Hillary Clinton speaks to US Embassy employees in Athens, Greece on July 18, 2011.National Journal

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Hillary Clinton Wednesday praised President Obama's move to loosen the trade embargo and normalize relations with Cuba, saying she believed the new policy is more likely to bring change to the Caribbean nation than the current embargo.

"I support President Obama's decision to change course on Cuba policy."¦ Despite good intentions, our decades-long policy of isolation has only strengthened the Castro regime's grip on power," she said. "As I have said, the best way to bring change to Cuba is to expose its people to the values, information, and material comforts of the outside world."

In her 2014 book Hard Choices, released in June, Clinton also wrote about the need to revisit U.S. policy toward Cuba, and the trade embargo in particular.

"Near the end of my tenure I recommended to President Obama that he take another look at our embargo. It wasn't achieving its goals and it was holding back our broader agenda across Latin America," she wrote in the book. "After 20 years of observing and dealing with the U.S.-Cuba relationship, I thought we should shift the onus onto the Castros to explain why they remained undemocratic and abusive."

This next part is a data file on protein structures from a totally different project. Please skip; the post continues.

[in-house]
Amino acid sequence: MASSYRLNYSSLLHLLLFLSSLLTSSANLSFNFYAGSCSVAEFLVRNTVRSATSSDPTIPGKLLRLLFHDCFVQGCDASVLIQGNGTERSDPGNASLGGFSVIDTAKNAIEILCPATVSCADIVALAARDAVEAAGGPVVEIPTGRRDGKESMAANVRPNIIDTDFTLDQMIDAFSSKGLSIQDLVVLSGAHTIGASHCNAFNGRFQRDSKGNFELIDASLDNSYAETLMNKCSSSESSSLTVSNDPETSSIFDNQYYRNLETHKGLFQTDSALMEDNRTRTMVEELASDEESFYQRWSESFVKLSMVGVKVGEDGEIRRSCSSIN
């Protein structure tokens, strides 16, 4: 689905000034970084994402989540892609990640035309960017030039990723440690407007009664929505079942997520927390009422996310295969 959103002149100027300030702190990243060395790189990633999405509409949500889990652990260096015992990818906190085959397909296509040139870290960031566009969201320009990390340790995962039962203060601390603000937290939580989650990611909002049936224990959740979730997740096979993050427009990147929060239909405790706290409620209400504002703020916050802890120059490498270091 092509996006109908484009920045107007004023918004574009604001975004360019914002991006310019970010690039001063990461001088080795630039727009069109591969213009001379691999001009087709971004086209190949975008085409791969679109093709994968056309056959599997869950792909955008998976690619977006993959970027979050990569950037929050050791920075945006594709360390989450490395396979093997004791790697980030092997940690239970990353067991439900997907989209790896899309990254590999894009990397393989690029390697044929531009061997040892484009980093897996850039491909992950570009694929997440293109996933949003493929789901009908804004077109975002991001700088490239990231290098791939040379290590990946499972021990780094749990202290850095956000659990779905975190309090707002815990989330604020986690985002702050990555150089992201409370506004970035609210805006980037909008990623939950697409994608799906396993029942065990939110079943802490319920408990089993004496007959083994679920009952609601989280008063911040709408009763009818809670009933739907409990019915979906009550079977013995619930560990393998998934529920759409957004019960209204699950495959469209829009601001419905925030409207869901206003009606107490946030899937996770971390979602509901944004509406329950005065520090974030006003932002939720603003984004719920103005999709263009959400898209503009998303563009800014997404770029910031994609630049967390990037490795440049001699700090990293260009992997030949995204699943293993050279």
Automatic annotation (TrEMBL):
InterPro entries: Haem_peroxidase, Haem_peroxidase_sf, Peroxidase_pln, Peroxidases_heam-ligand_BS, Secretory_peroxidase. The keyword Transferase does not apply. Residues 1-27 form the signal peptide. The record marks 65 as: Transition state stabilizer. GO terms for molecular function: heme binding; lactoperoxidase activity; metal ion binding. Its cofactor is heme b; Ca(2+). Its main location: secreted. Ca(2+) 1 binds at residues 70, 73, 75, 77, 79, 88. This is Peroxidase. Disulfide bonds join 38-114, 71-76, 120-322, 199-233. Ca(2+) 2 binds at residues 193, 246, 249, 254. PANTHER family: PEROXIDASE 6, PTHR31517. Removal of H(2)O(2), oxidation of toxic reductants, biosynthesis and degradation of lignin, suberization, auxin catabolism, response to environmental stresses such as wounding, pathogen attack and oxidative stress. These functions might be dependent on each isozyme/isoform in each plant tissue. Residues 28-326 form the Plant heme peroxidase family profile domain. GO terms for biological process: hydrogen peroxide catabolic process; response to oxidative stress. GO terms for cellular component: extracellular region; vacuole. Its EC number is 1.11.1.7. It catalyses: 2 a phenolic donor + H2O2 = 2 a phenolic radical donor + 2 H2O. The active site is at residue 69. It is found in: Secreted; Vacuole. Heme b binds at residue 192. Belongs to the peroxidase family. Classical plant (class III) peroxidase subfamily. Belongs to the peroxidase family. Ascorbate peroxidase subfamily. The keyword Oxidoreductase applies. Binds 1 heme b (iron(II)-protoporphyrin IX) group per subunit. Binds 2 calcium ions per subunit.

Clinton also noted Wednesday that she's "deeply relieved" by the release of U.S. aid worker Alan Gross, who had been held for five years in Cuba.

"It is great news that Alan is finally home with his family, where he belongs," she said. In Hard Choices, Clinton said not bringing Gross home was one of her regrets about her time as secretary of State.

Clinton's response to Wednesday's surprise Cuba news came at the end of a day full of Republican criticism for the change in policy, especially from Clinton's potential 2016 GOP rivals. Sen. Marco Rubio of Florida said the Obama administration's foreign policy is "more than just naive, it is willfully ignorant of the way the world really works."

Texas Sen. Ted Cruz, another 2016 hopeful, said the move "will be remembered as a tragic mistake."

This article is from the archive of our partner National Journal.

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